Address trader sues German DPA to prevent noyb from accessing files

Credit Scoring
 /  24 October 2023
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Address trader sues German DPA to prevent noyb from accessing files

Two years ago, noyb filed a complaint against the address trader Acxiom and the credit reference agency CRIF in Germany. Although there is strong evidence that the companies’ large-scale trade with people’s personal data violates the GDPR, the case is still pending with the Bavarian and Hessian DPA. So in spring 2023, noyb asked the Hessian authority for access to the case file of the Acxiom complaint. The address trader reacted quickly - with a request for an interim injunction against the authority to prevent any kind of access to the files.

Background: secret and illegal trade of personal data. The credit reference agency CRIF continuously buys the names, dates of birth and addresses of millions of Germans from the address trader Acxiom. Although the data was originally collected for marketing purposes, CRIF uses it to assess people’s creditworthiness. This is usually done without ever informing people and without their consent – which is likely to violate European data protection law on several accounts.

No notice or consent. Under the GDPR’s principles of purpose limitation and lawfulness, data collected for marketing purposes can’t be used without consent for credit scoring (i.e. to forecast the probabilities of non-payment). This shouldn’t be news to Acxiom and CRIF: the Data Protection Conference, a board of all German data protection supervisory authorities, has emphasized several times that data other than negative payment experiences or other non-contractual behaviour may only be used for credit scoring with consent. Not only do CRIF and Acxiom categorically fail to ask their data subjects for such consent, they don’t even let them know that their data will be sold to CRIF. The data subject represented by noyb, for example, only found out about the unlawful processing of his data through an access request.

Marco Blocher, data protection lawyer at noyb: “Secretly using data from an address trader to calculate peoples’ credit scores is like a textbook case of unlawful processing under the GDPR. This practice is done in secret, entails an unlawful change in the purpose of the processing - and it simply lacks a legal basis."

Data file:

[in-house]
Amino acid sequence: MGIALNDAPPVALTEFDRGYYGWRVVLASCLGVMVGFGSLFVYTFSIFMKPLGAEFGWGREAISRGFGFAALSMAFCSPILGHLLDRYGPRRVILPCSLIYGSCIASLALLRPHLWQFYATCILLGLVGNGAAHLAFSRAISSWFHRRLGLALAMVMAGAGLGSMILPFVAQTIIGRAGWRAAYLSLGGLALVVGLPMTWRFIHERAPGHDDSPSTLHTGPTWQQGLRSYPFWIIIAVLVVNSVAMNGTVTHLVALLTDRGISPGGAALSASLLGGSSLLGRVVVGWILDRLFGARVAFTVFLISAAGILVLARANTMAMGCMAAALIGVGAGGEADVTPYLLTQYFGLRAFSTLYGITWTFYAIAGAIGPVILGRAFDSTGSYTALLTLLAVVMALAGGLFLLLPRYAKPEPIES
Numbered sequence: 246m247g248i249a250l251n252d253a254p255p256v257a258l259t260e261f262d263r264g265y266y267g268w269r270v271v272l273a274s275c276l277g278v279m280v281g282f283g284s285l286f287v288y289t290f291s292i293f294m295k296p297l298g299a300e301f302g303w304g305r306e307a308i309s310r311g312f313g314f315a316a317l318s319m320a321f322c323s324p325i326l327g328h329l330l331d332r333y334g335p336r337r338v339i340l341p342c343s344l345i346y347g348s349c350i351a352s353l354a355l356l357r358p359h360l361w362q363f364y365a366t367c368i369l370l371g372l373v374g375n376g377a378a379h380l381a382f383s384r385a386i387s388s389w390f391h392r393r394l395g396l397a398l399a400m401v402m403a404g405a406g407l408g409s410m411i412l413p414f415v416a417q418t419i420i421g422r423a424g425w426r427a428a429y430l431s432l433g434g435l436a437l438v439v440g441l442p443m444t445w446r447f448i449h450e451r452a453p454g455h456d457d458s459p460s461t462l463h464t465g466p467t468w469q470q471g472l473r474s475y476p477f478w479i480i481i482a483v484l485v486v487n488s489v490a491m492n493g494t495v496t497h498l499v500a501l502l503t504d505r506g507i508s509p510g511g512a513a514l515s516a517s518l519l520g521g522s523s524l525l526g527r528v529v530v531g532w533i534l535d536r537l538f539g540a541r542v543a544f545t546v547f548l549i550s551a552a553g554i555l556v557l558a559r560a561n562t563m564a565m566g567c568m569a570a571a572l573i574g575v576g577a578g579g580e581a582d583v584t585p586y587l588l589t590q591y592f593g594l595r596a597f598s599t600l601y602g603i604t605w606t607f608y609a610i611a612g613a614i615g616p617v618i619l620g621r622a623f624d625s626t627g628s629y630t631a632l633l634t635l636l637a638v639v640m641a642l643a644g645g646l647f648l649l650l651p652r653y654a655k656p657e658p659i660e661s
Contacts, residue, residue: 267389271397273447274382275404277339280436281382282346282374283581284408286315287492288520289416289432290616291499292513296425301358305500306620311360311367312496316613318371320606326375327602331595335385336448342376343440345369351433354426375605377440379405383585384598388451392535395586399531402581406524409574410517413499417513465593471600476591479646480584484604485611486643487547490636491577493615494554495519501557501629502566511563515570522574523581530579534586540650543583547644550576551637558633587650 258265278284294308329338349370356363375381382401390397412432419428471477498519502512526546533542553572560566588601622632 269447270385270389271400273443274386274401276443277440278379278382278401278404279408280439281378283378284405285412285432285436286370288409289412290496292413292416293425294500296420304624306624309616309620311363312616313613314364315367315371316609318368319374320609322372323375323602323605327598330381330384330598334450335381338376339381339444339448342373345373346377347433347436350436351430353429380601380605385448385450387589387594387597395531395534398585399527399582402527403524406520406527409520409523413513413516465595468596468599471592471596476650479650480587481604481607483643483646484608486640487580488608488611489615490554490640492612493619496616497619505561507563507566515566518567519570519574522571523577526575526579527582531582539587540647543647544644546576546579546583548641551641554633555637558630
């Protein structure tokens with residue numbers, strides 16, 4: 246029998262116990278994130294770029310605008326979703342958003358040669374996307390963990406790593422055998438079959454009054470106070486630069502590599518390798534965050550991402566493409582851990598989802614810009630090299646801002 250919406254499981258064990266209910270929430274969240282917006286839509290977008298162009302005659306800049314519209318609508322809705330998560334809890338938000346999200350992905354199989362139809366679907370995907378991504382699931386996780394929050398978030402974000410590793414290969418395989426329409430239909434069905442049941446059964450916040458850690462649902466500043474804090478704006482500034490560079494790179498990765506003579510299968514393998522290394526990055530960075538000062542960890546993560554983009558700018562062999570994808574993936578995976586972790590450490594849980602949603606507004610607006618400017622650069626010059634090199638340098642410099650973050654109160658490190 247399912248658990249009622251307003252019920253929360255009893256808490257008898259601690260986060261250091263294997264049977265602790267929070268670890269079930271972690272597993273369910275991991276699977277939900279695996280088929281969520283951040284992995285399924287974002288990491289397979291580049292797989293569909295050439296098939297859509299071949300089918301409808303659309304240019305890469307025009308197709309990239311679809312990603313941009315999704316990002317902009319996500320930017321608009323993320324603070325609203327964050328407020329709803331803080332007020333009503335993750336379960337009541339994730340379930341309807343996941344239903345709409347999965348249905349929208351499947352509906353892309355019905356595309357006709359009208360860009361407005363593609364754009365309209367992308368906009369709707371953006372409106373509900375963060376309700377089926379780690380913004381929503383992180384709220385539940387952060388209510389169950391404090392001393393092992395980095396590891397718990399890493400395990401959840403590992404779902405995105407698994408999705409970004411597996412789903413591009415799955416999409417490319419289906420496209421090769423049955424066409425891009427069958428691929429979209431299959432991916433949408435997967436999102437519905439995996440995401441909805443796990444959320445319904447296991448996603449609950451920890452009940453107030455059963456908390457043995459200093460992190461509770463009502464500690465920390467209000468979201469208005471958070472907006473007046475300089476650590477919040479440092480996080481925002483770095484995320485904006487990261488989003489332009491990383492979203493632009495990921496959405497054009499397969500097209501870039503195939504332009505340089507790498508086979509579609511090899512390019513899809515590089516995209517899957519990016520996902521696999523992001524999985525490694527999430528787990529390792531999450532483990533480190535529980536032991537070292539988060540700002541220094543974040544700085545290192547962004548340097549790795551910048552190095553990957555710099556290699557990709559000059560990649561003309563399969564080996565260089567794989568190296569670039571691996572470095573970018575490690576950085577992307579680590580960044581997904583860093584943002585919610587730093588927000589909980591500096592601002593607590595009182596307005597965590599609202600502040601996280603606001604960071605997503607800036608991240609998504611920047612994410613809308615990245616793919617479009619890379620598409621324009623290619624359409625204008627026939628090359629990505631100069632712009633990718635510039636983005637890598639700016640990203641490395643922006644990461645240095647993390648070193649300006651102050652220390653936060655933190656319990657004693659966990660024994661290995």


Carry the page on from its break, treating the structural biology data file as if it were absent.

Two years of standstill. The violations of European data protection law are hard to deny. Nevertheless, the case is still pending with the Hessian (responsible for Acxiom) and Bavarian (responsible for CRIF) data protection authorities (DPAs) almost two years after it was filed. In order to get an idea of the current state of those cases, noyb requested access to the case files from the Hessian authority (Bavaria doesn’t grant this right, but that is a problem in itself). The Hessian DPA seemed willing to grant the requested access and heard Acxiom on the matter – but was promptly sued. The address trader is now seeking to obtain an interim injunction in court to prevent the complainant from any access to the files, while the company itself requested and was granted access to the files.

Procedural delay. There are a few exceptions to the right of access to files, e.g. in the case of business secrets. However, there is no legal basis for closing the entire administrative file. Acxiom is probably aware of this. In reality, the company seems to be trying to delay a decision by the Hessian data protection authority by creating a procedural sideshow. This allows Acxiom to continue the unlawful sale of personal data.

A SLAPP-like measure. Acxiom's motion to ban seems to follow the concept of so-called "SLAPPs" ("Strategic Lawsuits Against Public Participation"), which the EU wants to criminalise. The filing of abusive applications, combined with the deterrent costs and complexity of litigation, as well as the frequent congestion of the courts, is intended to discourage individuals and NGOs like noyb from holding companies accountable.

Jonas Breyer, German lawyer representing the complainant and noyb before the Wiesbaden Administrative Court: "Companies keep trying to drag out the enforcement of data protection rights in order to keep shady but lucrative business models artificially alive. It speaks for itself when Axciom initiates legal proceedings, for example, calling their terms and conditions from 2008 and other outdated documents trade secrets."

Abuse of the legal system. The Acxiom case shows once again that even after five years of GDPR, some companies believe that the legal system can be absued to maintain unlawful business models. This is unacceptable, especially for a company that handles the data of millions of people and works with international clients such as Meta, Adobe, Google, IBM and PayPal. noyb will not back down and is ready to file further complaints or sue companies like Acxiom for injunctive relief and damages based on the new representative actions directive.